How to Stop Procrastination
When surveyed, 94% believe that procrastination can have a negative impact on their happiness1 and yet ... check out these numbers.
- 95% of people say they procrastinate
- 25% identified themselves as chronic procrastinators in 2012 (as compared with 5% in the 1970s)
These numbers speak to the rising impact of procrastination on our lives.
So getting to the bottom of procrastination is about
- knowing what you procrastinate on?
- why you procrastinate, and
- having solid strategies to stop procrastination in its tracts.
Here are 5 steps to overcome procrastination.
1. Stop procrastination with the 3D approach
When a task seems overwhelming, procrastination follows. The 3D approach turns you into a success junkie carving out doable steps that build a record of accomplishment and gets more stuff done. Read more....
2. Falling for your own pick-up lines?
You've heard of pick up lines, right? You know.... those cheesy one-liners someone might use to get a date? Well there are also some procrastination pick-up lines. When you hear yourself say your procrastination pick-up lines... watch out. Read more....
3. Stop procrastination with a strong why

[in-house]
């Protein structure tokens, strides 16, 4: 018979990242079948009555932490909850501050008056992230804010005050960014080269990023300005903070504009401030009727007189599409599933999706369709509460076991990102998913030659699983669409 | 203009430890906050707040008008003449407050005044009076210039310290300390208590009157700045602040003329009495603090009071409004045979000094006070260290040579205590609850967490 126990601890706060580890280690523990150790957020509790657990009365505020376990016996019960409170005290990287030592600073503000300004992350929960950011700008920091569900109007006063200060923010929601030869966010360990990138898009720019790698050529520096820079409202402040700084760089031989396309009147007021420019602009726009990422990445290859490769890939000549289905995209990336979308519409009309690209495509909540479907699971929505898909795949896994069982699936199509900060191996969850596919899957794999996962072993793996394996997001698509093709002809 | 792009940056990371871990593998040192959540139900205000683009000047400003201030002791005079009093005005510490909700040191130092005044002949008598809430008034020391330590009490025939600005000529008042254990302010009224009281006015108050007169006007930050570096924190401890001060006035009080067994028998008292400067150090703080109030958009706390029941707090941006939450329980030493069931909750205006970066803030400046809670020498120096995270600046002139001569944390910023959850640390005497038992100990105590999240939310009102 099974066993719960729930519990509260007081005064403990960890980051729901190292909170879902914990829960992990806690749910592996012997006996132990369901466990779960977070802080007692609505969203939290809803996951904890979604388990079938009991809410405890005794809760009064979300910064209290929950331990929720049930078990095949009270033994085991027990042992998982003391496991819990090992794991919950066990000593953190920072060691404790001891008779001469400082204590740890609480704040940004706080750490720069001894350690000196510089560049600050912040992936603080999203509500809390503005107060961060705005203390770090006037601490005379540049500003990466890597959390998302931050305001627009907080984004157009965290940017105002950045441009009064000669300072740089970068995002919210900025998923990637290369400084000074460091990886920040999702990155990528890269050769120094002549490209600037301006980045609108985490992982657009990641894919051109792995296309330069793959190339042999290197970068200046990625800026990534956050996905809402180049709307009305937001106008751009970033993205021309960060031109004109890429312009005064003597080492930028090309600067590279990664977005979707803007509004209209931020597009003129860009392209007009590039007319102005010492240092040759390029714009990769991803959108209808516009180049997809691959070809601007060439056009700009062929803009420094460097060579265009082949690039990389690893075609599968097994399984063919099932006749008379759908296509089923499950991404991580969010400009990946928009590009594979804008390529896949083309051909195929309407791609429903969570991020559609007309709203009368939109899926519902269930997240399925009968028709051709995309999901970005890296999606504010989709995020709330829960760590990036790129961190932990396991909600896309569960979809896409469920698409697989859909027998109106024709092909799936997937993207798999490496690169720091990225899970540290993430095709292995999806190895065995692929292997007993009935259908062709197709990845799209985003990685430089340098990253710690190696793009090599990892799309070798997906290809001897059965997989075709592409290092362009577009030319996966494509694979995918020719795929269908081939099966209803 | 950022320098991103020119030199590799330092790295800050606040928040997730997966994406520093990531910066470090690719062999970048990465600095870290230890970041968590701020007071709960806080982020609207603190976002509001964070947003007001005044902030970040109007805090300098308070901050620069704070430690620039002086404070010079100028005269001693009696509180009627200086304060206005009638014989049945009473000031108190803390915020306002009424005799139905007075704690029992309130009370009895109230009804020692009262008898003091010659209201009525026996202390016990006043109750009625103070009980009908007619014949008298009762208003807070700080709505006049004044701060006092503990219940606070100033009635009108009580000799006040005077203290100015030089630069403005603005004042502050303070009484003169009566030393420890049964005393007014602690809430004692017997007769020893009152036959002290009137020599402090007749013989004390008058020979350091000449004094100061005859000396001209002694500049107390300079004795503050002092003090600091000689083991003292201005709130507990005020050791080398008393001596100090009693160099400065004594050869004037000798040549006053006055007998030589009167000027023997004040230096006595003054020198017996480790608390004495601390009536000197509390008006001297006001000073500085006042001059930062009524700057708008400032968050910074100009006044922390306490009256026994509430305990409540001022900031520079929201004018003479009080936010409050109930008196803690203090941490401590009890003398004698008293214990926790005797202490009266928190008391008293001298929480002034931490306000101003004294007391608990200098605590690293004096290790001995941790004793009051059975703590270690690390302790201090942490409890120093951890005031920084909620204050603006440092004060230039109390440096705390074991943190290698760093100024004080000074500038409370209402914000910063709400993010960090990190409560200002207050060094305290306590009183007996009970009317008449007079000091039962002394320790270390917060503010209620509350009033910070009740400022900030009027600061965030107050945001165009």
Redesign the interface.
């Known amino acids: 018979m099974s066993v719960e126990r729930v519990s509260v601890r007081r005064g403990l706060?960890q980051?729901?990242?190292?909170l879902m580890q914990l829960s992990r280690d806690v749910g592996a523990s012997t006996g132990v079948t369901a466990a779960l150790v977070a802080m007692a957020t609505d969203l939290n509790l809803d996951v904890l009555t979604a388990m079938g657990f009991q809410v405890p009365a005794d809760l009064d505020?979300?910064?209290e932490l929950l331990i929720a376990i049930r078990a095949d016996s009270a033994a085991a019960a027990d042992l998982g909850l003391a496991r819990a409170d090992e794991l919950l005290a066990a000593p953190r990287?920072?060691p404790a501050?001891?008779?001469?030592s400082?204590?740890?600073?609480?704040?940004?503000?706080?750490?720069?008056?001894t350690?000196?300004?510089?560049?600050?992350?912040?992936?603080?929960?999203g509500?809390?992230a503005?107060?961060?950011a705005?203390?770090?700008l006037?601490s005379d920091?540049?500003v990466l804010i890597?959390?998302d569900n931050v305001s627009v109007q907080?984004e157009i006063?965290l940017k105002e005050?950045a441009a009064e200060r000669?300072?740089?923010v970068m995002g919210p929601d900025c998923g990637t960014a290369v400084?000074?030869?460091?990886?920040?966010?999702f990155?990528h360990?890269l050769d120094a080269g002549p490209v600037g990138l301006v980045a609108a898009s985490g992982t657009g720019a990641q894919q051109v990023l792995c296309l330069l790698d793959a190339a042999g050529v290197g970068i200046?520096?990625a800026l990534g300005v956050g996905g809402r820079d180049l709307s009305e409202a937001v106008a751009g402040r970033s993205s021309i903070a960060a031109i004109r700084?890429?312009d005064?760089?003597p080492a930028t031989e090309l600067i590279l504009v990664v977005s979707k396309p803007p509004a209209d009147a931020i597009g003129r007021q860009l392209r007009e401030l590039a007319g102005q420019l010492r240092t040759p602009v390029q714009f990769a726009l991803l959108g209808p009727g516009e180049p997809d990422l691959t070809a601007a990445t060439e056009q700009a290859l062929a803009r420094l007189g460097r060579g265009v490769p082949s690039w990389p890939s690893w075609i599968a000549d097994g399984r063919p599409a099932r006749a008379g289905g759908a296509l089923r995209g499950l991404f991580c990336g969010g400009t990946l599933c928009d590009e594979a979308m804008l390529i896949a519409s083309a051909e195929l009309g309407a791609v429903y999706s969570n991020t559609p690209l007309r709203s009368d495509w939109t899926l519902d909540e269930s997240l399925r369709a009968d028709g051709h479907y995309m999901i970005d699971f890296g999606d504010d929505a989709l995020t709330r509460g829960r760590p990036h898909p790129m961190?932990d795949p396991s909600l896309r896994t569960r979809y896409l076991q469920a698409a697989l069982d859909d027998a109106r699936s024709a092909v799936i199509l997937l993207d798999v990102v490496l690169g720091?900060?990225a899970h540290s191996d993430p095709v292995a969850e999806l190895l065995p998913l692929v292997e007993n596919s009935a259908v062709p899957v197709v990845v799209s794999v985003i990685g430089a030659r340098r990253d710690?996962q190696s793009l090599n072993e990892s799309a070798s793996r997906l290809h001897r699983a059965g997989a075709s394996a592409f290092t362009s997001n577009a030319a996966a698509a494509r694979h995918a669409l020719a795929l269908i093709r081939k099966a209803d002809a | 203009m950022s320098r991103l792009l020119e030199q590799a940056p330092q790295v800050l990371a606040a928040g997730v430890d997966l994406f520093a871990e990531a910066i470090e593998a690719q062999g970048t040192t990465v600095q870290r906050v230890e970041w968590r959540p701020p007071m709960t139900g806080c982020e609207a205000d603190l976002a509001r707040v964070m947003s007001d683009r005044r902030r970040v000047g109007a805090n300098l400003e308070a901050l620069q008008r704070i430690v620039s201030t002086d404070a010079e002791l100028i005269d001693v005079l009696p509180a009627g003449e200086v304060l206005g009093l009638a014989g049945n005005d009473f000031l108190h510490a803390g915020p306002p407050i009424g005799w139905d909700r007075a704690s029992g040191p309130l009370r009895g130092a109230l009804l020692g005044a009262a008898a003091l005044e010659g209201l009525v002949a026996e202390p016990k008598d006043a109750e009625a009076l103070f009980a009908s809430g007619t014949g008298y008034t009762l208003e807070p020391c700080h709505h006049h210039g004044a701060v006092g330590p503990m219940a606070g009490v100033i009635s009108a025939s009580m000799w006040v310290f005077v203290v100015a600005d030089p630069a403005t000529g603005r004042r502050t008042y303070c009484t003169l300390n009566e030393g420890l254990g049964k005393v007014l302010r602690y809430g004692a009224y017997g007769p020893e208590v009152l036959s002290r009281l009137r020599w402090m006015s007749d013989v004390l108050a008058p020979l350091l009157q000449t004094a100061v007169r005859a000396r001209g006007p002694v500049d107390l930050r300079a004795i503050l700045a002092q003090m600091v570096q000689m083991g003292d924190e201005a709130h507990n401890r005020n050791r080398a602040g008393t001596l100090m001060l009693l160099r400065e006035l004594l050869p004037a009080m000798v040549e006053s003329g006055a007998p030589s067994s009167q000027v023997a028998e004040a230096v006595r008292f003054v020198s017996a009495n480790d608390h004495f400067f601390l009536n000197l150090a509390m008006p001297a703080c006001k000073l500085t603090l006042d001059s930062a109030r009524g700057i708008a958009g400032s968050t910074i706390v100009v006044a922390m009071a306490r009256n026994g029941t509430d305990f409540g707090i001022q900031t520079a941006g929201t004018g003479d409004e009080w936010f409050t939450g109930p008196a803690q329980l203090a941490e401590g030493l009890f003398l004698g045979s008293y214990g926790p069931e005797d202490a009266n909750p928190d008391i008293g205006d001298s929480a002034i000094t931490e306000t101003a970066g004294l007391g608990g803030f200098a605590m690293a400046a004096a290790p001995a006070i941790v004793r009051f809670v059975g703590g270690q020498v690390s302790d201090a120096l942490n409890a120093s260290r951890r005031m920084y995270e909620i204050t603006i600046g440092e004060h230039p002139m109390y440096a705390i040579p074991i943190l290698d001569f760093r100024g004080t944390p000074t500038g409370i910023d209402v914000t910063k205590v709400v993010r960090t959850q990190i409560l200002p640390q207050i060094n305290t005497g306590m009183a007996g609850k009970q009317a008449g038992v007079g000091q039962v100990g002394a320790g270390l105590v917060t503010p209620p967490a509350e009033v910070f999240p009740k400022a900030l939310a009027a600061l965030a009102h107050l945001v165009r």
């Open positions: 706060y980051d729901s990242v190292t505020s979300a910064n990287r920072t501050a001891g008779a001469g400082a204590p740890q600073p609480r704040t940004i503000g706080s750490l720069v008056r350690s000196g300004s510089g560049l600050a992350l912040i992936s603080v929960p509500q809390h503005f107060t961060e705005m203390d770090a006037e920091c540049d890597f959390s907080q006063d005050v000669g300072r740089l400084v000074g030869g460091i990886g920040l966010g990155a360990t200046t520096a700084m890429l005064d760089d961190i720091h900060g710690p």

As Nietzche said "He who has a strong enough why can bear almost any how". Having a good reason to do something motivates you whenever you see yourself starting to procrastinate. Read more....
4. Ask yourself one simple question
Dr Timothy Pychyl an expert on procrastination carried out this exercise with his students and he found that when students made the effort to just get started on their stressful, difficult, and unpleasant task that once they got started the task was not as stressful, difficult or as unpleasant. Read more....
5. Turn off and give yourself a chance
Email, Facebook, Twitter, or just plain old surfing the web all provide an opportunity for the procrastinator to go down a rabbit hole – and when we go down that rabbit hole we spend time that we can’t get back. Read more...
1 According to a study conducted by the Procrastination Research Group.